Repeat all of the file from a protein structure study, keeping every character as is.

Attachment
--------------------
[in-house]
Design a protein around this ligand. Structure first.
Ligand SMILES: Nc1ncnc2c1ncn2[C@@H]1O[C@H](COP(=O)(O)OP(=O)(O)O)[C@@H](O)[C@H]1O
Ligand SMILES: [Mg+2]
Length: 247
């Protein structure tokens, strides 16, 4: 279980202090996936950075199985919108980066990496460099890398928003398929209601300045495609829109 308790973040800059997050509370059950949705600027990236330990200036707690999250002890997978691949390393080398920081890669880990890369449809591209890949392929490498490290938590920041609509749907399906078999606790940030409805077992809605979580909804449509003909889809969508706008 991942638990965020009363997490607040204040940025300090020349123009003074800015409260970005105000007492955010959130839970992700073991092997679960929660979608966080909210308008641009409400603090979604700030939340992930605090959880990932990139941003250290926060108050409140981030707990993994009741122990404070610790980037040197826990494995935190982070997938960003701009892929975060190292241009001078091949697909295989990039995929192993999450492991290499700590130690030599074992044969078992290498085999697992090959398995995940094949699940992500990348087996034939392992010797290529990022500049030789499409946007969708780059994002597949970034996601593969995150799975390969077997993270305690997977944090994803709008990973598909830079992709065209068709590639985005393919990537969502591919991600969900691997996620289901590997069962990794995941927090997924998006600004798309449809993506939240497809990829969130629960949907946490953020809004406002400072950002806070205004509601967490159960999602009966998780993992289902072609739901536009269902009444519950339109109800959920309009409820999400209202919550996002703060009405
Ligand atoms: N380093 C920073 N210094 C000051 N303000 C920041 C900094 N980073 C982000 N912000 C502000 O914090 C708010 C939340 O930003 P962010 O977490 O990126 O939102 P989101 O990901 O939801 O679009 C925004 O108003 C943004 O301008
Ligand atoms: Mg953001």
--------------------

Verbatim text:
[in-house]
Design a protein around this ligand. Structure first.
Ligand SMILES: Nc1ncnc2c1ncn2[C@@H]1O[C@H](COP(=O)(O)OP(=O)(O)O)[C@@H](O)[C@H]1O
Ligand SMILES: [Mg+2]
Length: 247
């Protein structure tokens, strides 16, 4: 279980202090996936950075199985919108980066990496460099890398928003398929209601300045495609829109 308790973040800059997050509370059950949705600027990236330990200036707690999250002890997978691949390393080398920081890669880990890369449809591209890949392929490498490290938590920041609509749907399906078999606790940030409805077992809605979580909804449509003909889809969508706008 991942638990965020009363997490607040204040940025300090020349123009003074800015409260970005105000007492955010959130839970992700073991092997679960929660979608966080909210308008641009409400603090979604700030939340992930605090959880990932990139941003250290926060108050409140981030707990993994009741122990404070610790980037040197826990494995935190982070997938960003701009892929975060190292241009001078091949697909295989990039995929192993999450492991290499700590130690030599074992044969078992290498085999697992090959398995995940094949699940992500990348087996034939392992010797290529990022500049030789499409946007969708780059994002597949970034996601593969995150799975390969077997993270305690997977944090994803709008990973598909830079992709065209068709590639985005393919990537969502591919991600969900691997996620289901590997069962990794995941927090997924998006600004798309449809993506939240497809990829969130629960949907946490953020809004406002400072950002806070205004509601967490159960999602009966998780993992289902072609739901536009269902009444519950339109109800959920309009409820999400209202919550996002703060009405
Ligand atoms: N380093 C920073 N210094 C000051 N303000 C920041 C900094 N980073 C982000 N912000 C502000 O914090 C708010 C939340 O930003 P962010 O977490 O990126 O939102 P989101 O990901 O939801 O679009 C925004 O108003 C943004 O301008
Ligand atoms: Mg953001």